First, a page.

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In 1794 Joseph Priestley fled England and the church-and-king sentiment that had set ablaze his Birmingham house and laboratory in 1791. His flight to America was noted by the United Irishmen with a public letter. This most radical group in the entire camp of English sympathizers with the French Revolution not only lamented English repression but also offered a marvelous hymn to the tripartite linkage of America, useful science, and radical change.
The Emigration of Dr. Priestley will form a striking historical fact, by which alone future ages will learn to estimate truly the temper of the present times. … But be cheerful, dear Sir, you are going to a happier world, the world of Washington and Franklin. In idea we accompany you.… We also look to the new age when man shall become more precious than fine gold, and when his ambition shall be to subdue the elements, not to subjugate his fellow creatures, to make fire, water, earth, and air obey his bidding, but to leave the pure ethereal mind, as the sole thing in nature free and invincible…. The attention of a whole scientific people [here] is bent to multiplying the means and instruments of destruction … but you are going to a country where science is turned to better use.
The relationship between science and progressive politics was by no means one-way. Just as science would ameliorate the human condition, so a progressive politics would encourage scientific advances.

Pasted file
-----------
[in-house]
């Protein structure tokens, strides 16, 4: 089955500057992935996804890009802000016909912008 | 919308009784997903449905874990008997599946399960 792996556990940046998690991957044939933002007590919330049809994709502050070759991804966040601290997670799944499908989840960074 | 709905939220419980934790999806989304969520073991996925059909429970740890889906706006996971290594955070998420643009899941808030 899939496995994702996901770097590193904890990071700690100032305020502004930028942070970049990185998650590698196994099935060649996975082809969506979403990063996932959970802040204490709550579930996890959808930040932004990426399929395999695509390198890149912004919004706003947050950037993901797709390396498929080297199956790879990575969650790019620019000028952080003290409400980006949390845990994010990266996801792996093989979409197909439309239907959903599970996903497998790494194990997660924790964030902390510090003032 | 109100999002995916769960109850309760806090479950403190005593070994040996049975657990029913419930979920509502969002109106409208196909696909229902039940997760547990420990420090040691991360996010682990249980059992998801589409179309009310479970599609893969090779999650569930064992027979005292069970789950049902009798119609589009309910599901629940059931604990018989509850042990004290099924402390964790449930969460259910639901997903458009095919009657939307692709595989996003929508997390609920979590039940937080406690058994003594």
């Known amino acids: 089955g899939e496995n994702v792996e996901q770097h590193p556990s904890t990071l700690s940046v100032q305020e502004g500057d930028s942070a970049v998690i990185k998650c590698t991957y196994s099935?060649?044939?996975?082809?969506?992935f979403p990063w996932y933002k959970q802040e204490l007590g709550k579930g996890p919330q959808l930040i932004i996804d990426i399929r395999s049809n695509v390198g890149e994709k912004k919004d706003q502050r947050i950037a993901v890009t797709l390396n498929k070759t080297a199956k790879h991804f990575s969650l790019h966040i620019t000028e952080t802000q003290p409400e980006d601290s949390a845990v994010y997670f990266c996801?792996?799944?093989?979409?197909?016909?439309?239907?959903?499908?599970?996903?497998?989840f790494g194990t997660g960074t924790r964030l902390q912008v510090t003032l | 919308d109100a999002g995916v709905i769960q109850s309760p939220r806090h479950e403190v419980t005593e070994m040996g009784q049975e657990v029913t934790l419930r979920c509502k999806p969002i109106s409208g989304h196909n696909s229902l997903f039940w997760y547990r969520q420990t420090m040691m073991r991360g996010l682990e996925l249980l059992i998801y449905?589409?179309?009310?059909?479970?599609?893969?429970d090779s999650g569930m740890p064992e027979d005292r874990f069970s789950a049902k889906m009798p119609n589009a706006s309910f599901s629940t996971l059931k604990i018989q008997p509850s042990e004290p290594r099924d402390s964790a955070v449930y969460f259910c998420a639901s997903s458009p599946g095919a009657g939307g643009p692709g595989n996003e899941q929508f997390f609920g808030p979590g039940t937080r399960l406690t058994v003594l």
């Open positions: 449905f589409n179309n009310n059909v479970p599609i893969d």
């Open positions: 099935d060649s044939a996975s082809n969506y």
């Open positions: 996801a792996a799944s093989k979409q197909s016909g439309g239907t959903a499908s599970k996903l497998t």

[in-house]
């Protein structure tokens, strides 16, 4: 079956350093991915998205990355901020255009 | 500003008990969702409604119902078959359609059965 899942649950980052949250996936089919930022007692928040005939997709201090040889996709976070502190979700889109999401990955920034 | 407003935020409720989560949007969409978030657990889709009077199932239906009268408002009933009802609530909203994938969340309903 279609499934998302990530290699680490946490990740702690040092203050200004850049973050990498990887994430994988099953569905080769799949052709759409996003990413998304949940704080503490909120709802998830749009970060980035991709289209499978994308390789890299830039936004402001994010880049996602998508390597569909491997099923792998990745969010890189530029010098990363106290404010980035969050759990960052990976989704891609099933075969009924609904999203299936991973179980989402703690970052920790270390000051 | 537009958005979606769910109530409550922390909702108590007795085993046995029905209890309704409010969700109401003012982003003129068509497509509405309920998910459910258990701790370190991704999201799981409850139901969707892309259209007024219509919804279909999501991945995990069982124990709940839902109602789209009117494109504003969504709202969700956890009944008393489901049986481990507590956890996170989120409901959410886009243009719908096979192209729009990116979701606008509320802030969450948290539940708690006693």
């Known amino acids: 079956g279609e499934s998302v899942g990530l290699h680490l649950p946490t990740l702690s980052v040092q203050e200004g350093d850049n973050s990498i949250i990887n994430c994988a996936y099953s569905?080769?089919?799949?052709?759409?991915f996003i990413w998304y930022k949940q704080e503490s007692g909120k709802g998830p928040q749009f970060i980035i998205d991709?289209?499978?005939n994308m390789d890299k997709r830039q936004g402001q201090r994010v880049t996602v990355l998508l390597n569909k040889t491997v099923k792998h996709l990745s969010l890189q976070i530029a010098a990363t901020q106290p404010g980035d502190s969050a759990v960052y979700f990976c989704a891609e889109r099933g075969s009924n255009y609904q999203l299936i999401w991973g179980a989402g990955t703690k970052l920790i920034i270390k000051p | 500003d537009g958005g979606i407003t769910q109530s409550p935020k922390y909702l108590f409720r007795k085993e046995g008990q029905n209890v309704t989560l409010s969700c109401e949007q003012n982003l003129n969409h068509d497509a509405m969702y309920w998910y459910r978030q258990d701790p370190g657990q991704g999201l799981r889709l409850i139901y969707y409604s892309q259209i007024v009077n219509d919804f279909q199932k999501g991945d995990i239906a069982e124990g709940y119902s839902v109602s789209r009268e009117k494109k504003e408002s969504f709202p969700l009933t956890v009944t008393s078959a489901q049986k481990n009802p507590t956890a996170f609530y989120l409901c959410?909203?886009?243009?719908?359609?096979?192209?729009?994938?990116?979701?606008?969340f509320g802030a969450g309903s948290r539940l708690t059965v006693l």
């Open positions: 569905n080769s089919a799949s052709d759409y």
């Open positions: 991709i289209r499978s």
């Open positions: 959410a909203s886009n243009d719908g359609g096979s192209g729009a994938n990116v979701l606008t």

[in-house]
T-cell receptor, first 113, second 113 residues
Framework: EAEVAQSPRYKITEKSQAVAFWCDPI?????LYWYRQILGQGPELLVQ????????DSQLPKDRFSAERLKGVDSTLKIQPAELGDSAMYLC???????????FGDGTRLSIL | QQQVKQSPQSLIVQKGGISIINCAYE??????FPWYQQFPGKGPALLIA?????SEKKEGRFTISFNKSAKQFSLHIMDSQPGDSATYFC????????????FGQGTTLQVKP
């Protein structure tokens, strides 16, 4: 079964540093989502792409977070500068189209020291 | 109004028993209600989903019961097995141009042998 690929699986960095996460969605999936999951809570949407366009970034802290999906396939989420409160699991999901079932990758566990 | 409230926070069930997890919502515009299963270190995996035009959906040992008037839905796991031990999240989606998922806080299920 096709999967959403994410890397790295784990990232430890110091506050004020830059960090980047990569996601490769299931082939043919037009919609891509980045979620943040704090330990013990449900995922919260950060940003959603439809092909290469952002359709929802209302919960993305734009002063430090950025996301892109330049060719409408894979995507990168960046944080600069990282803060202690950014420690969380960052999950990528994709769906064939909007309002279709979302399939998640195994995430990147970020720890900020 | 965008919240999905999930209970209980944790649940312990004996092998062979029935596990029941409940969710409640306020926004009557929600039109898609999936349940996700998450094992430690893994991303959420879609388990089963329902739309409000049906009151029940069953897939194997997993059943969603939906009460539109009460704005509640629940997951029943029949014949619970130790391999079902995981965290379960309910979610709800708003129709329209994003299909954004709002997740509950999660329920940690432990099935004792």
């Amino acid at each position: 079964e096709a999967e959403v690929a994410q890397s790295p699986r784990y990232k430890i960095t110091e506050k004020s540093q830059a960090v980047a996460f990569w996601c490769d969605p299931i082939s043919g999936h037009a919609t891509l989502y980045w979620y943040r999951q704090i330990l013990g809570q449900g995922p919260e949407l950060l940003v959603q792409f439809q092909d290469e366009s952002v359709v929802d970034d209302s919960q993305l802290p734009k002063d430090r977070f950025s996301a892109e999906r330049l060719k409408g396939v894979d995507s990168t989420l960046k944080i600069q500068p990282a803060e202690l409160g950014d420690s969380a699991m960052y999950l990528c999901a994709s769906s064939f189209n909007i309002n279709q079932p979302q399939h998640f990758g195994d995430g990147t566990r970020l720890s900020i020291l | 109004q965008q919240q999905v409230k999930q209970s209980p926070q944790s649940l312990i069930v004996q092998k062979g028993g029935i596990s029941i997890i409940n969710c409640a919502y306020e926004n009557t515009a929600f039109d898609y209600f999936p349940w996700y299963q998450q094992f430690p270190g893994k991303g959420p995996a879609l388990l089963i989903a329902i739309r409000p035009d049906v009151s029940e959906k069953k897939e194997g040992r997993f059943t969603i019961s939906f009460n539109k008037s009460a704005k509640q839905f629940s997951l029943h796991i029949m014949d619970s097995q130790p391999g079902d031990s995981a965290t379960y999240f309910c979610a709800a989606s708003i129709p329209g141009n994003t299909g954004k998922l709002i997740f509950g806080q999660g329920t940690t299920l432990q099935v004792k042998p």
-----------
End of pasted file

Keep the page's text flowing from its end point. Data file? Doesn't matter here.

Much that is characteristic of contemporary anarchist thought can be found in the writings of the founder of that tradition, William Godwin. He is ambivalent on the value of technology and modernity, nostalgic at one moment and progressive another. He extols individual autonomy while preaching community solidarity. Above all he shares with modern anarchism an elitist disdain for ordinary men and women, which in the case of Godwin leads to an unresolved tension between theoretical radicalism and practical conservatism. His anarchist doctrine repudiates all forms of coercion, law, and government. It eschews cooperation of all kind as deleterious to individual development. At the same time it posits an ideal order characterized by a high degree of informal coercion practiced by zealous neighborly inspection. But Godwin was a less than eager friend of reform and agitation during the years of Pitt's repression of radical movements in England. This was clear even in the pages of Political Justice, but all the more obvious in his feud in 1795–96 with John Thelwall and the London Corresponding Society, the leading radical activists. This paper outlines Godwin's anarchism and points out the implications of his dispute with Thelwall. In addition it shows the extent to which Godwin has given anarchism certain of its enduring qualities.